Sarah Wittenberg, Case Manager Minn. Correctional Facility, Lino Lakes
Sarah Wittenberg

My name is Sarah Wittenberg and I am a case manager at the Minnesota Correctional Facility at Lino Lakes.

Working in a correctional facility is a dangerous job. It was a dangerous job pre-COVID-19. Now you add everyone’s emotions around COVID, more job responsibilities, isolating and masking and these facilities are like tinder boxes that could all blow up.

Or your life could explode, as mine did, when I got COVID-19 on the job. My life will never be the same. I am 44 years old and I had a heart attack and now only part of my heart works. I have trouble reading because the letters and numbers are all jumbled. My brain isn’t functioning the same – my doctor told me, “Thank goodness you were bright because now you’re average.” Once minor tasks like grocery shopping or helping my kids with homework are now confusing.

I began working at the Lino Lakes facility in 2003. My dad was in law enforcement and growing up I had no interest in the corrections field, but here I am and I am loving it. I majored in psychology in college. Initially, I came to Lino Lakes as a therapist to help offenders figure out how to stop doing what they were doing. I was later promoted to case manager.

I am diabetic and pride myself on managing my disease. When the pandemic hit I was allowed to work from home for three months. I worked with my colleagues and developed a work plan. Though I could have stayed out on COVID-19 leave all summer, I have always worked and insisted on returning and being part of the team. I became the “mask reinforcer.” It was very frustrating that there were no consequences for those not wearing masks; and these offenders were in the quarantine unit.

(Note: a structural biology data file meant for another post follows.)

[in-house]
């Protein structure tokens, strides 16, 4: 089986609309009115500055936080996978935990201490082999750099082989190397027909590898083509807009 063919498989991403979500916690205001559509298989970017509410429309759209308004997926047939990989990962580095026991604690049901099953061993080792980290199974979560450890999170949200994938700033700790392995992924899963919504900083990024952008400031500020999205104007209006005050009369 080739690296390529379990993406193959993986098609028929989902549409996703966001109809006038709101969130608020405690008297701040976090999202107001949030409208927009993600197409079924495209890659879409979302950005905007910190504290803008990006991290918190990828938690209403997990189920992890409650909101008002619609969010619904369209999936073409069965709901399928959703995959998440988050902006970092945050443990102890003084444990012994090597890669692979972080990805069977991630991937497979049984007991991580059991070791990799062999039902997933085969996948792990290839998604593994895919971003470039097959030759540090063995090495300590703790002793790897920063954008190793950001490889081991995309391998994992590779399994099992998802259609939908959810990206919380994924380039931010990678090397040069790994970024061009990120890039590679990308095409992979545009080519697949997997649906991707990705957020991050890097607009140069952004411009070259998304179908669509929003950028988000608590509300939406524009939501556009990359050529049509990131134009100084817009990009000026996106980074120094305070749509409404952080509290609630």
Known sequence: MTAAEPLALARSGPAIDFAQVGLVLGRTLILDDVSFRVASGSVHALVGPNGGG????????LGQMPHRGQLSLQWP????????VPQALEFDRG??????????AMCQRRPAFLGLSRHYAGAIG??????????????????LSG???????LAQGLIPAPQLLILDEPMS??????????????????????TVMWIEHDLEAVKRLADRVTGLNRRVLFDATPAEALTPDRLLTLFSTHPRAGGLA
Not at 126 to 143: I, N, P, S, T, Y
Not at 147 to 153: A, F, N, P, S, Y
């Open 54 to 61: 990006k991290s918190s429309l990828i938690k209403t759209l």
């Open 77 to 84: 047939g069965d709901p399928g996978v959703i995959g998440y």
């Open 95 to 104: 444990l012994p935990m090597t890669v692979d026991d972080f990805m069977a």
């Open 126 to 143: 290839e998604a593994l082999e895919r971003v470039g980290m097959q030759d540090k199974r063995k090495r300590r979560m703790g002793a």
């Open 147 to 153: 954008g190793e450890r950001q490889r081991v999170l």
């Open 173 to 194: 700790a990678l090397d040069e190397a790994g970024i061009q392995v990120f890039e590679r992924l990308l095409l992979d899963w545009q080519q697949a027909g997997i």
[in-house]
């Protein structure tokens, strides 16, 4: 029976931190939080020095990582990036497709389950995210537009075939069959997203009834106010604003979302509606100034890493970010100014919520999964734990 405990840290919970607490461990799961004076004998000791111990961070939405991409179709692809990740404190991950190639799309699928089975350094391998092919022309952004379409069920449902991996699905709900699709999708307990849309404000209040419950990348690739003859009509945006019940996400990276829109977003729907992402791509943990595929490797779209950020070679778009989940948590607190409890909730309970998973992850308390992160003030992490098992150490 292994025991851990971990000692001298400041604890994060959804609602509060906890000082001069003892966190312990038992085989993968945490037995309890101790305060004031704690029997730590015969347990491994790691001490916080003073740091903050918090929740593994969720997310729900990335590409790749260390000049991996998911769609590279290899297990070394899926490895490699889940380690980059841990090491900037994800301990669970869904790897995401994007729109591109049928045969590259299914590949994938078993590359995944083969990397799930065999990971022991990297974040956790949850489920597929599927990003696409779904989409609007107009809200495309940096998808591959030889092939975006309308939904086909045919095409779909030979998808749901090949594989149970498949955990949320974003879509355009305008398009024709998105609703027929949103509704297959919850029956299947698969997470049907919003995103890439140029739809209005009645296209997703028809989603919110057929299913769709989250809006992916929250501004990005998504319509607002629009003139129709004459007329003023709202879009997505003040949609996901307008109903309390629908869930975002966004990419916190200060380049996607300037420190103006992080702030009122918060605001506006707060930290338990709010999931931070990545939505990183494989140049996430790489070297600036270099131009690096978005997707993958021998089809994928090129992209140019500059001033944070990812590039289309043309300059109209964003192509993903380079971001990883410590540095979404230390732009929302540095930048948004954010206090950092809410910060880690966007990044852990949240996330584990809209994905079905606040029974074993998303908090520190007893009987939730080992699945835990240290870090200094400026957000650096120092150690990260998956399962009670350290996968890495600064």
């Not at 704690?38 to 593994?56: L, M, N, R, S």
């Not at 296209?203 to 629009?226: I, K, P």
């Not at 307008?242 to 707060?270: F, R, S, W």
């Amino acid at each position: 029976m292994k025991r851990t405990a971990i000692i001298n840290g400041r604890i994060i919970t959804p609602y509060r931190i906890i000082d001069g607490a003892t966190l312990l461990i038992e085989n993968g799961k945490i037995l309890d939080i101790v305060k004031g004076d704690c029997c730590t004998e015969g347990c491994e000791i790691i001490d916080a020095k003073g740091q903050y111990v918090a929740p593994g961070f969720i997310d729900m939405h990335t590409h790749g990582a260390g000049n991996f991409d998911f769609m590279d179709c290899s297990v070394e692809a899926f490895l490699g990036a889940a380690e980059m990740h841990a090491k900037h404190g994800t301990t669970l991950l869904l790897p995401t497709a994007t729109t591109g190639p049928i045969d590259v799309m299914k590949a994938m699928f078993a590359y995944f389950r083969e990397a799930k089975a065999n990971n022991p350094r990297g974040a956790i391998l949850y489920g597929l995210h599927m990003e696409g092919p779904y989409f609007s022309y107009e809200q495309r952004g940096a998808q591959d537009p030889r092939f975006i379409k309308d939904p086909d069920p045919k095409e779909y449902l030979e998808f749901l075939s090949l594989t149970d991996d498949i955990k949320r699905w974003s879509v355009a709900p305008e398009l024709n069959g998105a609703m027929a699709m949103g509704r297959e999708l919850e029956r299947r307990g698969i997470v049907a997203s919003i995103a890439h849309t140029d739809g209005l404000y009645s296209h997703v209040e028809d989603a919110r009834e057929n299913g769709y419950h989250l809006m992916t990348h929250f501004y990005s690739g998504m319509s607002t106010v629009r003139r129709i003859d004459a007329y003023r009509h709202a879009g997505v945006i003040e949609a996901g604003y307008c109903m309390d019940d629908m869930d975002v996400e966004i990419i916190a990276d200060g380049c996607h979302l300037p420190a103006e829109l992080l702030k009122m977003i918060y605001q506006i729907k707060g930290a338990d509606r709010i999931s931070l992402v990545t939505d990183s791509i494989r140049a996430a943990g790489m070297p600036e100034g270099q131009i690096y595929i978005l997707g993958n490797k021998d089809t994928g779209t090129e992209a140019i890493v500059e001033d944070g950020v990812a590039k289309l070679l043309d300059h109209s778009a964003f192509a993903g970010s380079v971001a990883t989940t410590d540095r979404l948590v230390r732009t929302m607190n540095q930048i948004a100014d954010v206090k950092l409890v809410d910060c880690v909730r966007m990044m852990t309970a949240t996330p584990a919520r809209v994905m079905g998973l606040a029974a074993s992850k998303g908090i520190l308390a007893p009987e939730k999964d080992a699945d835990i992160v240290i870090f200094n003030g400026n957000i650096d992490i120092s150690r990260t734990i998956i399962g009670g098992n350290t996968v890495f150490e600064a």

I tested positive for COVID-19 at my regular test on December 2. I had to find a way to isolate my kids, but still take care of them, and had to be out from work for 20 days. I didn’t know many people who had gotten COVID-19. I was very frustrated. I’m the one who shouldn’t have even been at work and I’m the one who got COVID. I lost my sense of taste and smell, and I couldn’t walk very far. My heart rate, normally in the 60s, was in the 130s.

Once I went back to work I noticed my breathing was still difficult. I went back for a few days and then my doctor filled out paperwork saying I couldn’t walk more than 75 yards. My office said they couldn’t accommodate me, so I filled out ADA paperwork and our facility denied it.

I was sent home for a month. I was having breathing problems, my heart was racing and I started to have chest pains. Then I began forgetting things. I couldn’t come up with answers quickly – “Mom, what’s another word for cat?” – I just couldn’t remember.

Even though I was having these symptoms, I wanted to go back to work.

I was admitted to the hospital where doctors did all kinds of tests, including an echocardiogram where they found out part of my heart was not moving. When I had a MRI my heart stopped working and had to take a drug immediately to reverse it. They called my husband into the room and told him there was something seriously wrong with my heart and they could either do bypass surgery or put in a stent. I now have a stent. Doctors told me the stress of the COVID-19 virus gave me a heart attack back in December and my body repaired itself on its own.